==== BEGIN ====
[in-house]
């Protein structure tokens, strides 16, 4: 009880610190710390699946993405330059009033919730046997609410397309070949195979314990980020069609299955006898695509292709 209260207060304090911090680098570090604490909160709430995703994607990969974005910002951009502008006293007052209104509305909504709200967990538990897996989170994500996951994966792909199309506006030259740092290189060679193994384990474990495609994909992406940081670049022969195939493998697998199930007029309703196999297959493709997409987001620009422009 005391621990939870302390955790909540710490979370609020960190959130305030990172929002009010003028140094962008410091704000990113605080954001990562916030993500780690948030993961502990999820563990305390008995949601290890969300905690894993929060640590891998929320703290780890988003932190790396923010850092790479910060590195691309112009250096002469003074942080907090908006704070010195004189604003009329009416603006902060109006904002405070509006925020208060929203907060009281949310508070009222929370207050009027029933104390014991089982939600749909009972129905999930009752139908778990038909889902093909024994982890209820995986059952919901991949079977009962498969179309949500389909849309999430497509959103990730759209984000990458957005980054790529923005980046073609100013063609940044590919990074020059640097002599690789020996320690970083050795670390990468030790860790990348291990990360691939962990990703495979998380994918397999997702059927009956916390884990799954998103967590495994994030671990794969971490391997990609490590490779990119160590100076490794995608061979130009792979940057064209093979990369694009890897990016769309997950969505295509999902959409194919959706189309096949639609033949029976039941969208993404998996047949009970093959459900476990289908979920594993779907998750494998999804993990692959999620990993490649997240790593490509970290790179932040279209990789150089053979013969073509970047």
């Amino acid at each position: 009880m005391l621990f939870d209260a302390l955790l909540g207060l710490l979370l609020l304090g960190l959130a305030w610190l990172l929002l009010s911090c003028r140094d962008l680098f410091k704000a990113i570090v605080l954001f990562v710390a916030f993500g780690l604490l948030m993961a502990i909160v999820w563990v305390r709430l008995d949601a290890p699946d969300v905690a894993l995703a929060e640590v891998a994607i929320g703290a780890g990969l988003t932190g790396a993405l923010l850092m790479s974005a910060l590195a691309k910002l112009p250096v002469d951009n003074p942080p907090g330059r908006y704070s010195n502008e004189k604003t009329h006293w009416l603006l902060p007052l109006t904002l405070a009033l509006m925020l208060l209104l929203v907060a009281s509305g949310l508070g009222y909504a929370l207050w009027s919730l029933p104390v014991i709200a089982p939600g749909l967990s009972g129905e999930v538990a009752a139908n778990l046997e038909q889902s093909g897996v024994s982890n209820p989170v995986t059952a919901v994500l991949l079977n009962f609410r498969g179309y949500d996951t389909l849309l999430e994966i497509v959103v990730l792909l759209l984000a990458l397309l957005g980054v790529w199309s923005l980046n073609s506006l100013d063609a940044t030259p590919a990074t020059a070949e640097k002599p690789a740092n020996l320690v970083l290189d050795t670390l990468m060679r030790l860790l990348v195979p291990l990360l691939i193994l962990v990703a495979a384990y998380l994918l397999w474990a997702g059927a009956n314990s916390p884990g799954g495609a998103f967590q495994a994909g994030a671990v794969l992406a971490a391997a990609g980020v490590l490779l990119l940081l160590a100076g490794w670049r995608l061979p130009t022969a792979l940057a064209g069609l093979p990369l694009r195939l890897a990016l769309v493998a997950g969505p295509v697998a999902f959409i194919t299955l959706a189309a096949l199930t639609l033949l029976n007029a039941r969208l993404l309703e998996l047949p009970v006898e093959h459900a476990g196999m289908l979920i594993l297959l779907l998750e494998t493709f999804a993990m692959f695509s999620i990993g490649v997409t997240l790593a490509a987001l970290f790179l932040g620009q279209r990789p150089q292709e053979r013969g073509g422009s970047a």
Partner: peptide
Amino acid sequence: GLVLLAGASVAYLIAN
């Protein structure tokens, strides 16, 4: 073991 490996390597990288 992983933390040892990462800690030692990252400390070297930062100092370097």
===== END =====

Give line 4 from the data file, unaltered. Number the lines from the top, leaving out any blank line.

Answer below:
Partner: peptide